CDC: 2017 set record for STD cases

CDC: 2017 set record for STD cases
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The number of cases involving sexually transmitted diseases (STDs) in the U.S. hit a new high in 2017, according to the Centers for Disease Control and Prevention (CDC). 

Nearly 2.3 million cases of chlamydia, gonorrhea and syphilis were diagnosed in 2017, surpassing the 2016 record by 200,000. 

It marks the fourth consecutive year of sharp increases in STDs, the CDC said. 


“We are sliding backward,” said Jonathan Mermin, director of the CDC’s National Center for HIV/AIDS, Viral Hepatitis, STD, and TB Prevention.

“It is evident the systems that identify, treat, and ultimately prevent STDs are strained to near-breaking point.”

Poverty, stigma and drug use may contribute to the increases, the CDC said.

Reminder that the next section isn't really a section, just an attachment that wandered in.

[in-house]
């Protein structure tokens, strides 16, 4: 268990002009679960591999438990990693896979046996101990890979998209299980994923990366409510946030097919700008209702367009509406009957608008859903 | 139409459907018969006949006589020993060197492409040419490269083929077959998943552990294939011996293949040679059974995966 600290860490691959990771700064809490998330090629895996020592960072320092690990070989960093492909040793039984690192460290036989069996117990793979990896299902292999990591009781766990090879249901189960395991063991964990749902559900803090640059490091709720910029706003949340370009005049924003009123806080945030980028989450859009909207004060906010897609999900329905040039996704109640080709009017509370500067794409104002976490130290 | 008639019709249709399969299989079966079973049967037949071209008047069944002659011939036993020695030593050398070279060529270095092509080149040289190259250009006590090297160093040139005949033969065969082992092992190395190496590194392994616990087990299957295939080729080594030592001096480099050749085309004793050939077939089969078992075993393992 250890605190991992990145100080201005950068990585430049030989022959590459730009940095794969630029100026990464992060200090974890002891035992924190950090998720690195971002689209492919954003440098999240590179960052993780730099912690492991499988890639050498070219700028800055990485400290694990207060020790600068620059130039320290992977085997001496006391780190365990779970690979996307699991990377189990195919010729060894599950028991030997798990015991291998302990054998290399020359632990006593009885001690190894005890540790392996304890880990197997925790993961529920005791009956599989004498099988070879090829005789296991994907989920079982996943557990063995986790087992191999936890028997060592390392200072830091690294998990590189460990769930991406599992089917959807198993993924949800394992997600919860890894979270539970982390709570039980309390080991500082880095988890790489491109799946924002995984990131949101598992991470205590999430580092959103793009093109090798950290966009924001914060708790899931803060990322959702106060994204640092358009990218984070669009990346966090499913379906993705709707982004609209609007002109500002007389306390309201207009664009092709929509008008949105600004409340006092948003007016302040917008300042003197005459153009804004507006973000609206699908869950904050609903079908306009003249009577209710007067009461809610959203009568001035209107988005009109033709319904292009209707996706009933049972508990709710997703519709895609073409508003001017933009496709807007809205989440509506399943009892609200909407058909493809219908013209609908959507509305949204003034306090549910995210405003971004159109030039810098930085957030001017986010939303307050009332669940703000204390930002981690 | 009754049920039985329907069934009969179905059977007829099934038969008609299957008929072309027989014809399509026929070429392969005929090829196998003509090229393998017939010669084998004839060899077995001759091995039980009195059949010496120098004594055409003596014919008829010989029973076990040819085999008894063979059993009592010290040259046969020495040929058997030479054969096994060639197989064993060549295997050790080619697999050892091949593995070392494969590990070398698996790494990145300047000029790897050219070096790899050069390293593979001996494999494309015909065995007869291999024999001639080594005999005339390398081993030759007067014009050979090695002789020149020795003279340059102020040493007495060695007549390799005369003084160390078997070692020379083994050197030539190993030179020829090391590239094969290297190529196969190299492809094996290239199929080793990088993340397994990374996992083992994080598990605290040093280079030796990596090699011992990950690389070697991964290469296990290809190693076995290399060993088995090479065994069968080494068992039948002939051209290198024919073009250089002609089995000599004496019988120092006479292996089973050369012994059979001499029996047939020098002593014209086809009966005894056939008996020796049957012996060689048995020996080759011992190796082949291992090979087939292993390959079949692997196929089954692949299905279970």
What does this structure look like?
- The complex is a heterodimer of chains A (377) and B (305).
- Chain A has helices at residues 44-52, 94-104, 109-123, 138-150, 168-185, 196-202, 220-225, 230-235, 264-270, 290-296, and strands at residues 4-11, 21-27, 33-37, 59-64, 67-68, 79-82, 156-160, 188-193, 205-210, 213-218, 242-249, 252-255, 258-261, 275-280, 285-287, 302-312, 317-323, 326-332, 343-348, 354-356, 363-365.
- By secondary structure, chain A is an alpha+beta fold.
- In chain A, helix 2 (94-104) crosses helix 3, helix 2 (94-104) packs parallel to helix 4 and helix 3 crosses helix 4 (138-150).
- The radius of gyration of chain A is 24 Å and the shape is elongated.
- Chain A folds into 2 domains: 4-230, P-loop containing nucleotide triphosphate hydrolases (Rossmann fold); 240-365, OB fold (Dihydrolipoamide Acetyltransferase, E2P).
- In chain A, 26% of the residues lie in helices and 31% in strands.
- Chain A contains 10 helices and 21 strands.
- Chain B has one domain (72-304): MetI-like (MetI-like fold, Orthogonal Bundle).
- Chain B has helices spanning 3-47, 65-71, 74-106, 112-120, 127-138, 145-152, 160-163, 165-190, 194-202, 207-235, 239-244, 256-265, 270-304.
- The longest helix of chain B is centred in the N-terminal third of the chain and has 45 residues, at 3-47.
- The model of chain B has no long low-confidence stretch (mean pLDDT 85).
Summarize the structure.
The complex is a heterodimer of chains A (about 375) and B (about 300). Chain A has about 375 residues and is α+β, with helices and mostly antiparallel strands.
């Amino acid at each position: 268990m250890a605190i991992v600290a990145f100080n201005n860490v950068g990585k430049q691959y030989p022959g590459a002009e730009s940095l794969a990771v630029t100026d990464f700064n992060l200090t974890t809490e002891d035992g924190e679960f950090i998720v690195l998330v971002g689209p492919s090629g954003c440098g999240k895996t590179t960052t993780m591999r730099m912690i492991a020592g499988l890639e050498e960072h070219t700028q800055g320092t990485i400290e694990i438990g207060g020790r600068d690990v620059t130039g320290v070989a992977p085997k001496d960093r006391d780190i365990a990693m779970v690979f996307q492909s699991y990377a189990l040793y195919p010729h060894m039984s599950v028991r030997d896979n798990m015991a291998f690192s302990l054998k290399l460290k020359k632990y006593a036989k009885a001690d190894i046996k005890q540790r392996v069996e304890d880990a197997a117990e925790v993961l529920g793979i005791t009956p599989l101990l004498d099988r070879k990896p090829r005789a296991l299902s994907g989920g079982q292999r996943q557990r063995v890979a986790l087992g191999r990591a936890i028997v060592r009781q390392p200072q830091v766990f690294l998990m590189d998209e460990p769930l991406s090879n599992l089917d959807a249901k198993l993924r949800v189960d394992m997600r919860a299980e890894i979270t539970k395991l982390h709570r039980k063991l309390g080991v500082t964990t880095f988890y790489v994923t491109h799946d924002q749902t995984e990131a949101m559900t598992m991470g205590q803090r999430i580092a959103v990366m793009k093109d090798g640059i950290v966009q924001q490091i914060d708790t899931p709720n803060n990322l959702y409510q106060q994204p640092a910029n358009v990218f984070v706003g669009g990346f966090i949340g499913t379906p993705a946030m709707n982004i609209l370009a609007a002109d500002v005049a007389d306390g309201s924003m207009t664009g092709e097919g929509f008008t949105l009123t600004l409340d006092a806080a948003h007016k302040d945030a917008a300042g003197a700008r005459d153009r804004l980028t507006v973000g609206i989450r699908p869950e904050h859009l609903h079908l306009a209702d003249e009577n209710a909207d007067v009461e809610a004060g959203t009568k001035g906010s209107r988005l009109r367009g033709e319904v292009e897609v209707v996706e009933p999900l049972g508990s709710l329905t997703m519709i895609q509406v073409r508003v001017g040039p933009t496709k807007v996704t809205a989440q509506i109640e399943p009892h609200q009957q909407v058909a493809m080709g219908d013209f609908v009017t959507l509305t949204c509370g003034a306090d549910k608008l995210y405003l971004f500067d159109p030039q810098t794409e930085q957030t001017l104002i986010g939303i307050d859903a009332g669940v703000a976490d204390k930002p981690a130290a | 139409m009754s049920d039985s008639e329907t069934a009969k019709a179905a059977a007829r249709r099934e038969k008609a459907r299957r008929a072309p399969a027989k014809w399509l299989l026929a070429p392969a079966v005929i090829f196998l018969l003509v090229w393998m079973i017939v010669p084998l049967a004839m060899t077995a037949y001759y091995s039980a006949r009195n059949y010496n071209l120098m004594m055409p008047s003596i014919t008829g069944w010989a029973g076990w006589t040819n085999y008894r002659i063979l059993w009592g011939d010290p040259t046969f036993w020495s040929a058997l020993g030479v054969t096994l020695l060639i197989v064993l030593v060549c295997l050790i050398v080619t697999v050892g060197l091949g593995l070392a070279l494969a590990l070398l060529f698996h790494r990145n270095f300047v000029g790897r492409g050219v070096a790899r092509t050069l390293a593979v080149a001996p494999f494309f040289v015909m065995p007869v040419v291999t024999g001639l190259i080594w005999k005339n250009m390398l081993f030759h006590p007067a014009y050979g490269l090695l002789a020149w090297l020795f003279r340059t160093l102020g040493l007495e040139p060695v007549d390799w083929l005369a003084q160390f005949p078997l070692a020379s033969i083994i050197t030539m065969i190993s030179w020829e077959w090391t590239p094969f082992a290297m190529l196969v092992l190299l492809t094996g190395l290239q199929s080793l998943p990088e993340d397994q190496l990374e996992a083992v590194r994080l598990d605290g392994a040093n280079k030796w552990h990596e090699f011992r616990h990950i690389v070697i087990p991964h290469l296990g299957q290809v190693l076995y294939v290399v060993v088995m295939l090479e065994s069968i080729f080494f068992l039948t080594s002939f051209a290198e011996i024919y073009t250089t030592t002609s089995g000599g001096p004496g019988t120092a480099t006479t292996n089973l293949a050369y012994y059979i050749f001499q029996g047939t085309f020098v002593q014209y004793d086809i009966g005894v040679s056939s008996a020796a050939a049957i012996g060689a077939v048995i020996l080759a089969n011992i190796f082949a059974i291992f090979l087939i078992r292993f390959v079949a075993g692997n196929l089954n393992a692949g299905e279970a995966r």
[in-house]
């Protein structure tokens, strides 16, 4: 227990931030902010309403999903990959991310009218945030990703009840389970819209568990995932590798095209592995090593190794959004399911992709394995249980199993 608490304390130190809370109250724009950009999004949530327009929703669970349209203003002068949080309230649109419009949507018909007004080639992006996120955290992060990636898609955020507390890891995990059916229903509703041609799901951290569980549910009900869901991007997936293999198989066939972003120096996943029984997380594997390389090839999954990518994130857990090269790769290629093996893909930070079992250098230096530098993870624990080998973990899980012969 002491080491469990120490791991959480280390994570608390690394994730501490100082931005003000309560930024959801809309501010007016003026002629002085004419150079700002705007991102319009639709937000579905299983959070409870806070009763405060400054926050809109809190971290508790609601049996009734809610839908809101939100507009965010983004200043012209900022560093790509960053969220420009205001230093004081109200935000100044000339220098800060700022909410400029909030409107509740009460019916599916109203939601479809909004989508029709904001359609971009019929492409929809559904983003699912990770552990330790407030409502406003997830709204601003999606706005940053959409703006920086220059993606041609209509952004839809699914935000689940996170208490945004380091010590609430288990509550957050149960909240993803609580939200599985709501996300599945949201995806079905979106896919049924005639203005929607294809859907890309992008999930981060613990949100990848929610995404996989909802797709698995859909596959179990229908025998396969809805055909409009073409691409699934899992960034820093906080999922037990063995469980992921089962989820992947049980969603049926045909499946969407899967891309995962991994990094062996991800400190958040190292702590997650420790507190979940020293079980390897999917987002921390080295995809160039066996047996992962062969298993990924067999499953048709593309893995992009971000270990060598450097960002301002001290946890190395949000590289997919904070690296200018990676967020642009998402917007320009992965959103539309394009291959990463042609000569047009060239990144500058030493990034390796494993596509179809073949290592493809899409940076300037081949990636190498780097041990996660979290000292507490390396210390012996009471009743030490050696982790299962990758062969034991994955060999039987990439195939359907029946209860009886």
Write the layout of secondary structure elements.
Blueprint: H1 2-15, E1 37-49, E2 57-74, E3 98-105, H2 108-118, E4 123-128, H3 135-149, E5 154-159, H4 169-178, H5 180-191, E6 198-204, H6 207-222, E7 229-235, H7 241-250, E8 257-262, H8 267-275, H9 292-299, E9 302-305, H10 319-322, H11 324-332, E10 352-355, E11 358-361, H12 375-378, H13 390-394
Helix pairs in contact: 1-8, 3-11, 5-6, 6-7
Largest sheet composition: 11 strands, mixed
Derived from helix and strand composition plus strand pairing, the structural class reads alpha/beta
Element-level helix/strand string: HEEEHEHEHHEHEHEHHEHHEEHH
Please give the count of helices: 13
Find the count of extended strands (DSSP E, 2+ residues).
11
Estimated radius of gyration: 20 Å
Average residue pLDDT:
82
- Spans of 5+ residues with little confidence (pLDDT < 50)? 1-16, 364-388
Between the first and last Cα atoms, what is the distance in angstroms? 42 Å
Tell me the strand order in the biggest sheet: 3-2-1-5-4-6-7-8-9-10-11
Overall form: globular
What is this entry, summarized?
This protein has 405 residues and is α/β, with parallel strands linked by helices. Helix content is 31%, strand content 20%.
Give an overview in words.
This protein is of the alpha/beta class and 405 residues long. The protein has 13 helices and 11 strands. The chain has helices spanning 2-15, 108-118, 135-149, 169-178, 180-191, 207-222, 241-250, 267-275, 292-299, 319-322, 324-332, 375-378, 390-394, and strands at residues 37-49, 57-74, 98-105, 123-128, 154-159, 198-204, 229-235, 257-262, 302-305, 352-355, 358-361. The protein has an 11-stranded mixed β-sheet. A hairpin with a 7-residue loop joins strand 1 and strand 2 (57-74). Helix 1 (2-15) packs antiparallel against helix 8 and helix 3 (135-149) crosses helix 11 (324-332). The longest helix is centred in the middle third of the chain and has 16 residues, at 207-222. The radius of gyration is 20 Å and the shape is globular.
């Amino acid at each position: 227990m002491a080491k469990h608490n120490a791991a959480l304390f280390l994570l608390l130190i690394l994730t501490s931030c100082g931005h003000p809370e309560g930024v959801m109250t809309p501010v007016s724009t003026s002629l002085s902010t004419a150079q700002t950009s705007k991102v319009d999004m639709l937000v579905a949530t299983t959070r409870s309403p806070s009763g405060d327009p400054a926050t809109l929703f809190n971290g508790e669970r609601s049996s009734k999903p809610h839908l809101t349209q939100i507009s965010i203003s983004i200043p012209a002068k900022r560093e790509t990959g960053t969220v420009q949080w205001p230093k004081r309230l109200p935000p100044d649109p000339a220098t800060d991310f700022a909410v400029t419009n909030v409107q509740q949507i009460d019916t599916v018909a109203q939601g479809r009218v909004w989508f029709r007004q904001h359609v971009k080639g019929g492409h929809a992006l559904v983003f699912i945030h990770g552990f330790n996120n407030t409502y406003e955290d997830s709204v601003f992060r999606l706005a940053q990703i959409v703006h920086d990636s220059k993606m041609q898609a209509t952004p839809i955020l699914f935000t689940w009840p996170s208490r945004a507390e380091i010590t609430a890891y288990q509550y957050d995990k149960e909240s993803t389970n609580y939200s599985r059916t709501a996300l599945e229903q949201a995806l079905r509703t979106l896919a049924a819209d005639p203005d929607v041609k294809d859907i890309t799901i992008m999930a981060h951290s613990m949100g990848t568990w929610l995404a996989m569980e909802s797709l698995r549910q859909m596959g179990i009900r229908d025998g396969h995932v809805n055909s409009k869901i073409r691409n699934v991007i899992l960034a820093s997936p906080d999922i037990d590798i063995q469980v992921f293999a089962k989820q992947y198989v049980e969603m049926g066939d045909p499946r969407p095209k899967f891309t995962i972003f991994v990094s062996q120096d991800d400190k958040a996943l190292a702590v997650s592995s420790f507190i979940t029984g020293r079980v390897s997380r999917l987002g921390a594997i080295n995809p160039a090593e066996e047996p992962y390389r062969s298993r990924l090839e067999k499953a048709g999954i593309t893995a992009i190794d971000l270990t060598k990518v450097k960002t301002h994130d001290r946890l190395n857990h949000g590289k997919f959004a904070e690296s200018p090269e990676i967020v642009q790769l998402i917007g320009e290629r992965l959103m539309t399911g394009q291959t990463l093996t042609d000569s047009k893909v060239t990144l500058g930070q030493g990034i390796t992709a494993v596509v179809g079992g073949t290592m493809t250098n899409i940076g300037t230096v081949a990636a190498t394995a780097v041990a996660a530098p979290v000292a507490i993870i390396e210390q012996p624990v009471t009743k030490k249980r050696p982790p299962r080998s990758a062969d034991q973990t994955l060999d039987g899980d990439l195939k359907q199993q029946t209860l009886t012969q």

Gonorrhea diagnoses increased 67 percent between 2013 and 2017 and nearly doubled among men during that time period. 

Primary and secondary syphilis diagnoses increased 76 percent between 2013 and 2017. Gay, bisexual and other men who have sex with men made up almost 70 percent of primary and secondary syphilis cases where the gender of the sex partner is known in 2017, the CDC said. 

Chlamydia remained the most common STD reported, with more than 1.7 million cases in 2015. Forty five percent of those cases were among 15-to-24-year-old women. 

The CDC notes that these STDs are curable with antibiotics but often go undiagnosed and untreated, which can lead to severe health problems, including infertility.